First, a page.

On a CNN Special Report looking into Infowars founder Alex Jones, former employees opened up about working for the conspiracy theorist — possibly most famous for claiming that the Sandy Hook school shooting, in which 26 people were killed, mostly children — was a hoax.
In the program, titled Megaphone for Conspiracy and airing Sunday, Robert Jacobson, who worked for Infowars for 13 years, put Jones’s relationship with the truth in no uncertain terms.
“He will just lie,” Jacobson said. “Straight up lie like nothing’s going on. Like it’s real. And the issue with that is, a lot of people believe him.”
Josh Owens, who left Infowars after four years, claimed there were multiple instances in which he was encouraged to lie to the audience.
“They wanted us to go to these majority Muslim communities and report on why are these people in these communities. What’s going on? This seems suspicious,” Owens said. “There was nothing to it.” “No Sharia law overruling the United States government?” asked CNN’s Drew Griffin. “No, no, but that’s what Jones wanted,” Owens replied. “We made up the stories because there was nothing to report on. In essence, we lied.”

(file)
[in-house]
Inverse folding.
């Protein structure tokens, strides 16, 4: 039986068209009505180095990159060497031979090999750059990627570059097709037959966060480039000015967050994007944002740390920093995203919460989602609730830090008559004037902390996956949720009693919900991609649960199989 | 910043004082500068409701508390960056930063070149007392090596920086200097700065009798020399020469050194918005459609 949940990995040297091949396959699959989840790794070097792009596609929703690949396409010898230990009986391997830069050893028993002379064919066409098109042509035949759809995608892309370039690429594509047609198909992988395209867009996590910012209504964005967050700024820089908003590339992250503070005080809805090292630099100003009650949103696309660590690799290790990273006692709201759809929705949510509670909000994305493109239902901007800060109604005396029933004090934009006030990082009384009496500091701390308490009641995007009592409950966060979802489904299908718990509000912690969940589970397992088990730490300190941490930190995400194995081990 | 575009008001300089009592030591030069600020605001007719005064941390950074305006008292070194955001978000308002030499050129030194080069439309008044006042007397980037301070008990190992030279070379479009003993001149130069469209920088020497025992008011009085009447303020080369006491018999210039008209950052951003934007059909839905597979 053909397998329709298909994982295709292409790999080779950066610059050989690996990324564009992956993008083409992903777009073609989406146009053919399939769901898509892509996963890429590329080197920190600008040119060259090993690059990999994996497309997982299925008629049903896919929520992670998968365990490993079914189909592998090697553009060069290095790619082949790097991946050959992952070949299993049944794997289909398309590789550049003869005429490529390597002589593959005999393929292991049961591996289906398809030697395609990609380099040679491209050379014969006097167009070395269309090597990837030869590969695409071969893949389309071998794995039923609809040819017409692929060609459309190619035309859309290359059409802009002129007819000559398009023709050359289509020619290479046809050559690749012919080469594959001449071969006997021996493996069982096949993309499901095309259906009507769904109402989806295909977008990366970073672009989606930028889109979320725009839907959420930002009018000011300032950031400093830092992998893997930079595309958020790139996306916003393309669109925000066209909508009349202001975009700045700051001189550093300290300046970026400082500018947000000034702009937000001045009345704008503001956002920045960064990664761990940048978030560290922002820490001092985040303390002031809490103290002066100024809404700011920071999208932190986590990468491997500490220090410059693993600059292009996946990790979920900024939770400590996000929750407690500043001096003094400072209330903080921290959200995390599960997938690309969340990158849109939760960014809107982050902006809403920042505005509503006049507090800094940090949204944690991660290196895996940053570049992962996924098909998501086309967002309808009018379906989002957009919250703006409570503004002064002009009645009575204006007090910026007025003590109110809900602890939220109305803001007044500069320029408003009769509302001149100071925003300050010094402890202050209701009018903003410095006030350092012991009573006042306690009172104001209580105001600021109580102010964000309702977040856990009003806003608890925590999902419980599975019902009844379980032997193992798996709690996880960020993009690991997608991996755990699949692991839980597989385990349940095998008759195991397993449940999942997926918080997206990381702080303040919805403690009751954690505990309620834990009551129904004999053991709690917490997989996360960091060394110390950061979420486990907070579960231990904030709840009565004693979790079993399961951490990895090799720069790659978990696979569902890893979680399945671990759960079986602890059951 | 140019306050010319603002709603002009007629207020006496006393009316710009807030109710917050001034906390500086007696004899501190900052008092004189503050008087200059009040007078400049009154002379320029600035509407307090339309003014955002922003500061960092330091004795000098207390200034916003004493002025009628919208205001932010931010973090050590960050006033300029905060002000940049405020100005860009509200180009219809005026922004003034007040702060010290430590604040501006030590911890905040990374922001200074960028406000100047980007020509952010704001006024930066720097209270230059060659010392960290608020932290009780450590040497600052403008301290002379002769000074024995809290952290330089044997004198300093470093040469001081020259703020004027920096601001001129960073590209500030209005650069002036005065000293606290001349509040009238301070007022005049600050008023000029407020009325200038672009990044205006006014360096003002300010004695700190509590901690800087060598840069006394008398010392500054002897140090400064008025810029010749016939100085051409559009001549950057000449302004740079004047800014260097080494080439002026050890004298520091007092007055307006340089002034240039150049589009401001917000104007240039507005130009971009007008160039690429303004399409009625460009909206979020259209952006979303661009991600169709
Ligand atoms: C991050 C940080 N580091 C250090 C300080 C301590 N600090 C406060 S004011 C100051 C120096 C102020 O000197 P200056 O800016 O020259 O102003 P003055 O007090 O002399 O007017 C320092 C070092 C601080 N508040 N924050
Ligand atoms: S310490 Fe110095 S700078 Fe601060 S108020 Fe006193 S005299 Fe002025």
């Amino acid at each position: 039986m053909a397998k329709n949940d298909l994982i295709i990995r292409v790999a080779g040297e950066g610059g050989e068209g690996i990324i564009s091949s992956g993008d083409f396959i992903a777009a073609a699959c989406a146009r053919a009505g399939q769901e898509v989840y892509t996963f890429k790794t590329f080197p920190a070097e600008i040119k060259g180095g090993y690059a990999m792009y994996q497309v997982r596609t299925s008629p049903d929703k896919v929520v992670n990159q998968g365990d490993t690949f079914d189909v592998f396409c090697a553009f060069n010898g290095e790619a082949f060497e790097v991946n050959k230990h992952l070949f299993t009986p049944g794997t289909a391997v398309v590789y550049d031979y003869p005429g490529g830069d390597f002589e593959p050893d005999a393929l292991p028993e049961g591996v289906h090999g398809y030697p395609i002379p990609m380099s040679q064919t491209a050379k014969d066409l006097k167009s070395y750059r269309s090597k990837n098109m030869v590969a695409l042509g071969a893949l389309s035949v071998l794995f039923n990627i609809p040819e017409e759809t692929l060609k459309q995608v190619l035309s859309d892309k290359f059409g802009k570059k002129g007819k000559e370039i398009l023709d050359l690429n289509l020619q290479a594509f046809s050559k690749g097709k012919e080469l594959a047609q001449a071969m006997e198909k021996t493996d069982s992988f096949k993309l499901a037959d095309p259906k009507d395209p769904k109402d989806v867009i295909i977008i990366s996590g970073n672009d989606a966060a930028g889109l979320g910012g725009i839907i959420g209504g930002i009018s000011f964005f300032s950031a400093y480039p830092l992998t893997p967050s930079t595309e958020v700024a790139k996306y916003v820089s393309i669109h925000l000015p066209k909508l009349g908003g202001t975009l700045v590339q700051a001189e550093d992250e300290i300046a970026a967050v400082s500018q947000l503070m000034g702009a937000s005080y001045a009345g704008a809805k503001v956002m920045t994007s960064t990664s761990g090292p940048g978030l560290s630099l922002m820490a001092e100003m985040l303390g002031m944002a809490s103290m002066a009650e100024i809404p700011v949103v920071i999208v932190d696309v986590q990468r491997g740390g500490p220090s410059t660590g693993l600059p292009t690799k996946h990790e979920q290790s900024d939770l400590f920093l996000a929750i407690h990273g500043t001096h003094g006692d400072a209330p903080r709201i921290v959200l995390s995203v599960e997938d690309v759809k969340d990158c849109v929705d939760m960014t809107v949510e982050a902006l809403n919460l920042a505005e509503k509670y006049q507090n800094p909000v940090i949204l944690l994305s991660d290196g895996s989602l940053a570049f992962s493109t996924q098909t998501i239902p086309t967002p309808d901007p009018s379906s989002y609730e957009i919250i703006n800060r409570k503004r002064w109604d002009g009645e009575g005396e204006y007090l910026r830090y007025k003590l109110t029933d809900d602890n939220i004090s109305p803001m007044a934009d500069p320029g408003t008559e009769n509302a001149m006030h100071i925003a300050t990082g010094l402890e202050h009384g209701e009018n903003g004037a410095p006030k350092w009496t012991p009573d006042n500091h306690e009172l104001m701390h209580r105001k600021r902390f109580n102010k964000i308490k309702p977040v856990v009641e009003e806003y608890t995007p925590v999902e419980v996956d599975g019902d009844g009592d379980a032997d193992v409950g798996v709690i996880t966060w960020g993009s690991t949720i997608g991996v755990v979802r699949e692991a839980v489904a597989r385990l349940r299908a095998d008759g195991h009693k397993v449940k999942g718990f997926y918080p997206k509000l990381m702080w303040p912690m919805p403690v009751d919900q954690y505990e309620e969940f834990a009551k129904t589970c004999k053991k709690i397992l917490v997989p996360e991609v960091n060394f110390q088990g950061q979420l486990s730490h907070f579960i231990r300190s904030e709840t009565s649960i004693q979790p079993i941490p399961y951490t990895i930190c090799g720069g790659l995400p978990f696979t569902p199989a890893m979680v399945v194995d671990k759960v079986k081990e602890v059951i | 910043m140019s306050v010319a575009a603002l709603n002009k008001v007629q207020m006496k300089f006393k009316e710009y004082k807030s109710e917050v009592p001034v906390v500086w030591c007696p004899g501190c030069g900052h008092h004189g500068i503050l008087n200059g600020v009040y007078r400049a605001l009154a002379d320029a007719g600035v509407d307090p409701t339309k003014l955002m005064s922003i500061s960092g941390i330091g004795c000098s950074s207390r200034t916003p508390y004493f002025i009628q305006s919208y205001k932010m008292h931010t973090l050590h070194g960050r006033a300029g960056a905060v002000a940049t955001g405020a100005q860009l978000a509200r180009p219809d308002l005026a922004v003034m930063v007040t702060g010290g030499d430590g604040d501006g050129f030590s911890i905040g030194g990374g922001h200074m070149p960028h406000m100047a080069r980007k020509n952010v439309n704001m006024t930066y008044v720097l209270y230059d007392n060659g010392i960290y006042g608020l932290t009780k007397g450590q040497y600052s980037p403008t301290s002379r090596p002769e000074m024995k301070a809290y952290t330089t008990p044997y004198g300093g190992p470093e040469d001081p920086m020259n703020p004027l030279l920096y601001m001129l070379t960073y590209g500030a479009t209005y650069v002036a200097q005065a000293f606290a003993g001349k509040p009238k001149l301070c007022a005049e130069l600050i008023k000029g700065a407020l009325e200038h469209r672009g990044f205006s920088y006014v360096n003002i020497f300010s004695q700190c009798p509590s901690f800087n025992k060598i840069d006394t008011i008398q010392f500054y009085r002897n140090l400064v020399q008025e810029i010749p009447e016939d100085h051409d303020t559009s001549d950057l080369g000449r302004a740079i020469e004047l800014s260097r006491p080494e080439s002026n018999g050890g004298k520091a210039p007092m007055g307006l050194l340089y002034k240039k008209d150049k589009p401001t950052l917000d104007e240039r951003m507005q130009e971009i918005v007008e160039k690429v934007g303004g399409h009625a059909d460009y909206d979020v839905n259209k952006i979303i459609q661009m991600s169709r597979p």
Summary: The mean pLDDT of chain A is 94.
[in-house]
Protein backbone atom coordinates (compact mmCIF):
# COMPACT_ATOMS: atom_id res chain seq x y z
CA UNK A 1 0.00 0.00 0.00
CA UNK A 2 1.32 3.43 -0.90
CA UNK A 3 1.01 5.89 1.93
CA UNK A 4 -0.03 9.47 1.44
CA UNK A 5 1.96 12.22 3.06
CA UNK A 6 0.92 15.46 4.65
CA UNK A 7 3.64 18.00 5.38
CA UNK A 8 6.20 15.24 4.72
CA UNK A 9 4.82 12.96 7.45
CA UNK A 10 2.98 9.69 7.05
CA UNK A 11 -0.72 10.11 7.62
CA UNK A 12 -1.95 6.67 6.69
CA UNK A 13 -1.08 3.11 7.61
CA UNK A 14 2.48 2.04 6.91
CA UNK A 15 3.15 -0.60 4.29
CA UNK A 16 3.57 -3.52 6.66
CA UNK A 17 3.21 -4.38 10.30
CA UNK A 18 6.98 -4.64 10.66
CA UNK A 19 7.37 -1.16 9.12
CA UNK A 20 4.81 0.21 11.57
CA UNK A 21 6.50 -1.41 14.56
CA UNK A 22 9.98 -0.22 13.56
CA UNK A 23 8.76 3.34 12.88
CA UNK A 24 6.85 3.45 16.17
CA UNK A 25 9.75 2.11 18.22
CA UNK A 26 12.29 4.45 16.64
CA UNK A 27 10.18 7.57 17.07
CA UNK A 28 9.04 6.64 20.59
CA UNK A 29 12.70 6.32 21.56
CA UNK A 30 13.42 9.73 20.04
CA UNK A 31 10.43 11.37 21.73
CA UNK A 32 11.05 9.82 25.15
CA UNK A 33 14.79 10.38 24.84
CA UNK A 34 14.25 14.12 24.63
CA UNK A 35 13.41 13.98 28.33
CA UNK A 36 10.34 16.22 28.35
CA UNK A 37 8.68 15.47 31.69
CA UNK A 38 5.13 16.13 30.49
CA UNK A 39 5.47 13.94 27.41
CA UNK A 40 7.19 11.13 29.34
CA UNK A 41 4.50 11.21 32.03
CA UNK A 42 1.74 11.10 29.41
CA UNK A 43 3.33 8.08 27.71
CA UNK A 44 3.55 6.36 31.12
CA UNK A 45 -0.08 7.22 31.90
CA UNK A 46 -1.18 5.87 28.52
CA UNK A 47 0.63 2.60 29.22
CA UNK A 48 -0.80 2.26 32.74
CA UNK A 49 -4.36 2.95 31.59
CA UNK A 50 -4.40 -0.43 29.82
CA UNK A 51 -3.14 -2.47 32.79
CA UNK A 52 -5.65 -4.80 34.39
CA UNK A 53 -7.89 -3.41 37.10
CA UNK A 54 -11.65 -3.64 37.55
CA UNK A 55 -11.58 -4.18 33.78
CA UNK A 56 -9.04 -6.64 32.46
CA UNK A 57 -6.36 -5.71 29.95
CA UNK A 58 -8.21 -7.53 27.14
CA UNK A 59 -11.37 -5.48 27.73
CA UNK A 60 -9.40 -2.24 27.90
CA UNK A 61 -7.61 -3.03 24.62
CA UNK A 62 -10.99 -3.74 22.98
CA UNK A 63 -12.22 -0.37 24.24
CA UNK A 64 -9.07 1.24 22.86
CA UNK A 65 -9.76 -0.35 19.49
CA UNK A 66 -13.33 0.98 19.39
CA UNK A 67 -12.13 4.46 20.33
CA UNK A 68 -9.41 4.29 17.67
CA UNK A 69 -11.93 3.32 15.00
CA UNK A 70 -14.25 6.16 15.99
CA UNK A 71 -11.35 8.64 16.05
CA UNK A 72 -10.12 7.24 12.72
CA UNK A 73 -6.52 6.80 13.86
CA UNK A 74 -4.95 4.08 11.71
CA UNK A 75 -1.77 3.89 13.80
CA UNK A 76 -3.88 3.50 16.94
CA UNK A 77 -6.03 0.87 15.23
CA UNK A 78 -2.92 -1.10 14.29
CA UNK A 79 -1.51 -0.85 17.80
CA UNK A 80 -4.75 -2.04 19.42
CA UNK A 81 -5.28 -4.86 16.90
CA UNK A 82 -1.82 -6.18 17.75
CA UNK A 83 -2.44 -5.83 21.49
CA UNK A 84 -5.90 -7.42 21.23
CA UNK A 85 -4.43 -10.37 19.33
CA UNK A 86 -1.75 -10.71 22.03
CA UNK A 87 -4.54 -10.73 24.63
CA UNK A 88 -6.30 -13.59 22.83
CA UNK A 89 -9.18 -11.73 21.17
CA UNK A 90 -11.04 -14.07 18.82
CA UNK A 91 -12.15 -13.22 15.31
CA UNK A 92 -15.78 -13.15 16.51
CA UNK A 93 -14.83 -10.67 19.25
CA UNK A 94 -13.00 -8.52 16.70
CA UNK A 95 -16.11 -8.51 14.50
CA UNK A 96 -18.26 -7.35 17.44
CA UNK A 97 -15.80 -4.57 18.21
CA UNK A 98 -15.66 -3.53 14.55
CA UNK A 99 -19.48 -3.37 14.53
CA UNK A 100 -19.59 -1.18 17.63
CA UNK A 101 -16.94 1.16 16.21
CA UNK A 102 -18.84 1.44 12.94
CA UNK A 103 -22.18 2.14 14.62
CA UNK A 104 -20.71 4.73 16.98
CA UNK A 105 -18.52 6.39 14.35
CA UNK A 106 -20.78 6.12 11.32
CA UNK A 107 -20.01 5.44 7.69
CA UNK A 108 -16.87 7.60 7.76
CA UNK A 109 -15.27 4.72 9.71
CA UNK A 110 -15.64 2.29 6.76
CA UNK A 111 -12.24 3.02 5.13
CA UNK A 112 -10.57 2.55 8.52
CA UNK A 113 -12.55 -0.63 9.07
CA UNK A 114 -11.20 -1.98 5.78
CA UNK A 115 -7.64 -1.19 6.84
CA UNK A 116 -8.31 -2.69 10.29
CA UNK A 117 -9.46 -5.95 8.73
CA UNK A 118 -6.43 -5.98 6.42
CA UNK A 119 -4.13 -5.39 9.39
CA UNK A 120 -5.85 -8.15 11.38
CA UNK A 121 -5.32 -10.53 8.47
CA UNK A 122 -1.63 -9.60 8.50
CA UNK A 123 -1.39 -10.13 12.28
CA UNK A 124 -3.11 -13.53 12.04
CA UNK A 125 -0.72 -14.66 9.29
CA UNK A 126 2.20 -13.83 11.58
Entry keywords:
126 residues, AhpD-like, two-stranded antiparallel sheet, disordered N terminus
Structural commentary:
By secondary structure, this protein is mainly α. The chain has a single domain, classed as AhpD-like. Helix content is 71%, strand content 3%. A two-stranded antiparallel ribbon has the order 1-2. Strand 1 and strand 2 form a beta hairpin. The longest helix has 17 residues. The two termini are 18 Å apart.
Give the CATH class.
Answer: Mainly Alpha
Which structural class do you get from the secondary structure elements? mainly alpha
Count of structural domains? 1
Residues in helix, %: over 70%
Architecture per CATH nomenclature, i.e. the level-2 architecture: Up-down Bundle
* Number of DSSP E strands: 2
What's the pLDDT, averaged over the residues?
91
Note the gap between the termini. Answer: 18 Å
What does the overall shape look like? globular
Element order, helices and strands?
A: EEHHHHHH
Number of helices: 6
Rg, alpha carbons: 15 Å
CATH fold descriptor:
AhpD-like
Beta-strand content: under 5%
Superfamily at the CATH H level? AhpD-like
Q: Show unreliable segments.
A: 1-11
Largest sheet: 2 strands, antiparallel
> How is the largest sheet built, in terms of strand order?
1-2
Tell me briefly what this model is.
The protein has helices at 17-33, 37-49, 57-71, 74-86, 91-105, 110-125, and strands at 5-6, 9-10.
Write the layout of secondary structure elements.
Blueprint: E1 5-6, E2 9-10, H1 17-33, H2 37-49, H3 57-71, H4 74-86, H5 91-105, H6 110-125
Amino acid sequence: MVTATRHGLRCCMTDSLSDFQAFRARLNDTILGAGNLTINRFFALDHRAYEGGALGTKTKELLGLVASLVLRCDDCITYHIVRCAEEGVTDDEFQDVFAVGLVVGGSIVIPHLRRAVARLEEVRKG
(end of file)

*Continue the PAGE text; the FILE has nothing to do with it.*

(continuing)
Owens realized his job wasn’t to find the truth when he was sent to California to report on elevated levels of radiation from the Fukushima nuclear disaster in Japan, but didn’t find what Jones had hoped. This was at the same time that Jones was selling a dietary supplement to supposedly protect against nuclear fallout.
“None of us really knew how to use a Geiger counter,” Owens said. “We just posted videos saying that we weren’t finding elevated levels.” “And how was that received?” Griffin asked. “They had never seen him so angry, because we were posting what we were finding,” Owens replied. “I started to get the idea, like, ‘OK, maybe our job isn’t to report the truth. Maybe our job is to report what Jones thinks the truth is.’”
Jones has made hundreds of millions of dollars selling various products, and Caolan Robertson, who made a documentary with Jones and regularly appeared on Infowars, said that Jones cares more about sales than anything else.
“He’ll say, ‘Buy these products. Buy these products.’ And at the end, the first thing he’ll say when he goes into the briefing room after a show is, ‘What were the sales during the show?’” Robertson ecplained. “As in, how many people signed up live while it was broadcast, not, ‘Was it a good show? Did we expose the truth?’ So, truth doesn’t really matter at all.”
Jones’s ex-wife, Kelly Jones, agreed that for him it’s all about money, not truth.
“I think it’s important for people to understand that they’re paying money to, and aligning themselves with, an outlet that is entirely deceptive,” Jones said, “and that just wants their money.” “Sounds like a grift, really,” Griffin said. “Yes,” Jones replied, “I think that really is what it is. It’s a con.”
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